Over the next few weeks, I'll be publishing a series of articles on the Red Sox farm system, profiling a dozen or so top-tier prospects that have high potentials and will likely help the club as the next wave of homegrown talent. You can read part one on Ryan Kalish here.
When considering Boston's minor league system, there are few major league-ready options available to G.M. Theo Epstein when (not if) members of the big-league rotation break down. I certainly expect bounce-back years from Josh Beckett and Dice-K, but given the health record of those two and Clay Buchholz, there will likely be a handful of missed starts between them.
While the talent level of their farm system remains high, the blue-chippers right now are clustered in Double-A and below. Drake Britton and Anthony Ranaudo offer serious promise of elite play in the big leagues but are likely ticketed for Boston no earlier than 2013. If the need arises this season, the responsibility will fall on the Venezuelan shoulders of Felix Doubront.
Doubront (23 years, 6'2", 205 lbs.) brings surprising experience within the organization for a young player. Signed as an international free agent at 17, Felix has paid his dues at every level of organized ball for the last half-decade.
The 2010 campaign was a coming out party for Doubront, posting a record of 8-3, with a 2.81 ERA and 72 Ks in 80 innings between Portland and Pawtucket. More importantly, Felix allowed only one long ball in that span. Home runs had plagued him in previous seasons.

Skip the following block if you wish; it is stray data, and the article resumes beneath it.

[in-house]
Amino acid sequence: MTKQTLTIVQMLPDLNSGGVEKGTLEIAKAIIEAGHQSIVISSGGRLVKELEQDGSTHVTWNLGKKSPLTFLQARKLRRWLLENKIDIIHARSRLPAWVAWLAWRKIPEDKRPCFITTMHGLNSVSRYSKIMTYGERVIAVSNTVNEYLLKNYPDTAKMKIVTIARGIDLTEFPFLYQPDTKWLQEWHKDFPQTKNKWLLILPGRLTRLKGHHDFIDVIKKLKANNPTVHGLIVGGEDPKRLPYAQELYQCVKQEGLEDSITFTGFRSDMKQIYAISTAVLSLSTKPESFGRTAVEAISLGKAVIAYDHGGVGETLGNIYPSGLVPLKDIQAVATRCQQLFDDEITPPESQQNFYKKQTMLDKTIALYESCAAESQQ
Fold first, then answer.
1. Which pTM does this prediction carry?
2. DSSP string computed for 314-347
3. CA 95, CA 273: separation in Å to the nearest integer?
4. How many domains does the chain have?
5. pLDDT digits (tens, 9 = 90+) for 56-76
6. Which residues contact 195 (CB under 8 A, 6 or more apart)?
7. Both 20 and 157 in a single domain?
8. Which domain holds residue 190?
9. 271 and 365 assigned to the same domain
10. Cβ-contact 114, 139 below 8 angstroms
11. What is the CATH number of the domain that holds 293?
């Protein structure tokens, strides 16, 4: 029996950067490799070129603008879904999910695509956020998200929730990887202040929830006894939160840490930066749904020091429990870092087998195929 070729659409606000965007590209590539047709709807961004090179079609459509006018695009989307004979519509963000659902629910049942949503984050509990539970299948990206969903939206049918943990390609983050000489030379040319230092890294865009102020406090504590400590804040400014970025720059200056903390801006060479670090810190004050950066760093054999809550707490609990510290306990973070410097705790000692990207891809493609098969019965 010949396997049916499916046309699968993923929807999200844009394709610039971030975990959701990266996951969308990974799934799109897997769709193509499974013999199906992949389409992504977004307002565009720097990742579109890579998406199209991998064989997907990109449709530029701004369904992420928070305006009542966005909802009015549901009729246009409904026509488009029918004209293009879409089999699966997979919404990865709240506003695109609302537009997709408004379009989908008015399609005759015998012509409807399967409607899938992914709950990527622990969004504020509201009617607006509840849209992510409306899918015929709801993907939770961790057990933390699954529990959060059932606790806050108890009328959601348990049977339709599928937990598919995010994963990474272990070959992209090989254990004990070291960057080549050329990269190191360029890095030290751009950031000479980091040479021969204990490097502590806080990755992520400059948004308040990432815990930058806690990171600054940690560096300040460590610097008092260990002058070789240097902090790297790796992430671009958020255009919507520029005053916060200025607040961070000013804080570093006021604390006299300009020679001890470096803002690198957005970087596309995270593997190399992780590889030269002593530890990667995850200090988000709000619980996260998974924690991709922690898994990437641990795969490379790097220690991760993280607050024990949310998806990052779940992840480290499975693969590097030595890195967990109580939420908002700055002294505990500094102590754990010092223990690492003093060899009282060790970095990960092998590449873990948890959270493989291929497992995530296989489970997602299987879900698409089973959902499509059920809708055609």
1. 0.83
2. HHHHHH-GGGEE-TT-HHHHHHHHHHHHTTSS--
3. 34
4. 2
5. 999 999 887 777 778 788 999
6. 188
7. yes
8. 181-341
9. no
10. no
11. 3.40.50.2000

Doubront was asked to fill multiple roles during his cup of coffee in Boston, as a starter and reliever. His line with the Red Sox (2-2, 4.32 ERA, 1.48 WHIP) will not have him confused with Jon Lester anytime soon. While his strikeout totals remained solid, he gave up three homers in only 25 innings, and Felix hasn't shown the control (three-plus BB/9 innings) so far to handle being a big league starter over the long haul.
But clearly Epstein and Co. like what they have seen so far in Doubront. There is an outside chance that Felix will break camp with the Red Sox as a middle reliever, but Francona and Theo have made it plain that they would prefer him to spend a full year in Triple-A developing as a starter. Given the gamut of lefties invited to spring training, this is the more likely scenario.
Doubront has middle-of-the-rotation stuff, with a fastball consistently around 93, a big 3/4 curveball and a screwball/changeup that has the potential as a plus-wipeout pitch. What remains to be seen is if he can command all his pitches over a full season. If he continues to improve in 2011, Felix has the inside track to fill a spot in the rotation when the opportunity presents itself.